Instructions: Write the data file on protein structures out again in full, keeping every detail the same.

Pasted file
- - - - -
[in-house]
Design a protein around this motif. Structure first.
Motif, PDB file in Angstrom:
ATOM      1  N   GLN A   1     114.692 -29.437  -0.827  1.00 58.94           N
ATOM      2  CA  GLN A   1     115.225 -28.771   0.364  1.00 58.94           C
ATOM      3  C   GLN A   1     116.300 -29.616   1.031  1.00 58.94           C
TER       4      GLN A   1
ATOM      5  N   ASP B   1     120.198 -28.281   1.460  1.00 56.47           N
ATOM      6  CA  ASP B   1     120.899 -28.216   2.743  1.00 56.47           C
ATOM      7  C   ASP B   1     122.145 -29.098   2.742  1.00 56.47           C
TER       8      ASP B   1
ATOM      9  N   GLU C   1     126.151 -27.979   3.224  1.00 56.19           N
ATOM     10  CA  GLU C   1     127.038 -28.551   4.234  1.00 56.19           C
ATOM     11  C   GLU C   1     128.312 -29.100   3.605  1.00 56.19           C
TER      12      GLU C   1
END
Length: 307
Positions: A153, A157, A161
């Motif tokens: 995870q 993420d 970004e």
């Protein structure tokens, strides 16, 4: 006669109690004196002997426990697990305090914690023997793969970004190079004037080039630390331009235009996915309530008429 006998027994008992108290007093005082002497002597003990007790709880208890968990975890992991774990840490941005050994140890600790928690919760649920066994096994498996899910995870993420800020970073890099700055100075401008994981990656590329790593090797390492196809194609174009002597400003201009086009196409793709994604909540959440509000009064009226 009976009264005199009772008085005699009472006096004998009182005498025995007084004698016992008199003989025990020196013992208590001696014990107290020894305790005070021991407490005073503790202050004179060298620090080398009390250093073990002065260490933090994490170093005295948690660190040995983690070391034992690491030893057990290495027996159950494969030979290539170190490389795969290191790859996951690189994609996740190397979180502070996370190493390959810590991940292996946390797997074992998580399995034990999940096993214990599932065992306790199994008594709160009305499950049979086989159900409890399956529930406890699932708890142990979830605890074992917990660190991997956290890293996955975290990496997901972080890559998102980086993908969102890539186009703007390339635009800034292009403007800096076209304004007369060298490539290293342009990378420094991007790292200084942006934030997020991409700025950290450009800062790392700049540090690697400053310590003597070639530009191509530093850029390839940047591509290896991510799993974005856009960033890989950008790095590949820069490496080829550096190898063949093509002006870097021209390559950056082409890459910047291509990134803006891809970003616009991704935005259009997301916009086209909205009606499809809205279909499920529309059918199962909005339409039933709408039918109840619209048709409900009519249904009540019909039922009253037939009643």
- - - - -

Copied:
[in-house]
Design a protein around this motif. Structure first.
Motif, PDB file in Angstrom:
ATOM      1  N   GLN A   1     114.692 -29.437  -0.827  1.00 58.94           N
ATOM      2  CA  GLN A   1     115.225 -28.771   0.364  1.00 58.94           C
ATOM      3  C   GLN A   1     116.300 -29.616   1.031  1.00 58.94           C
TER       4      GLN A   1
ATOM      5  N   ASP B   1     120.198 -28.281   1.460  1.00 56.47           N
ATOM      6  CA  ASP B   1     120.899 -28.216   2.743  1.00 56.47           C
ATOM      7  C   ASP B   1     122.145 -29.098   2.742  1.00 56.47           C
TER       8      ASP B   1
ATOM      9  N   GLU C   1     126.151 -27.979   3.224  1.00 56.19           N
ATOM     10  CA  GLU C   1     127.038 -28.551   4.234  1.00 56.19           C
ATOM     11  C   GLU C   1     128.312 -29.100   3.605  1.00 56.19           C
TER      12      GLU C   1
END
Length: 307
Positions: A153, A157, A161
């Motif tokens: 995870q 993420d 970004e």
């Protein structure tokens, strides 16, 4: 006669109690004196002997426990697990305090914690023997793969970004190079004037080039630390331009235009996915309530008429 006998027994008992108290007093005082002497002597003990007790709880208890968990975890992991774990840490941005050994140890600790928690919760649920066994096994498996899910995870993420800020970073890099700055100075401008994981990656590329790593090797390492196809194609174009002597400003201009086009196409793709994604909540959440509000009064009226 009976009264005199009772008085005699009472006096004998009182005498025995007084004698016992008199003989025990020196013992208590001696014990107290020894305790005070021991407490005073503790202050004179060298620090080398009390250093073990002065260490933090994490170093005295948690660190040995983690070391034992690491030893057990290495027996159950494969030979290539170190490389795969290191790859996951690189994609996740190397979180502070996370190493390959810590991940292996946390797997074992998580399995034990999940096993214990599932065992306790199994008594709160009305499950049979086989159900409890399956529930406890699932708890142990979830605890074992917990660190991997956290890293996955975290990496997901972080890559998102980086993908969102890539186009703007390339635009800034292009403007800096076209304004007369060298490539290293342009990378420094991007790292200084942006934030997020991409700025950290450009800062790392700049540090690697400053310590003597070639530009191509530093850029390839940047591509290896991510799993974005856009960033890989950008790095590949820069490496080829550096190898063949093509002006870097021209390559950056082409890459910047291509990134803006891809970003616009991704935005259009997301916009086209909205009606499809809205279909499920529309059918199962909005339409039933709408039918109840619209048709409900009519249904009540019909039922009253037939009643």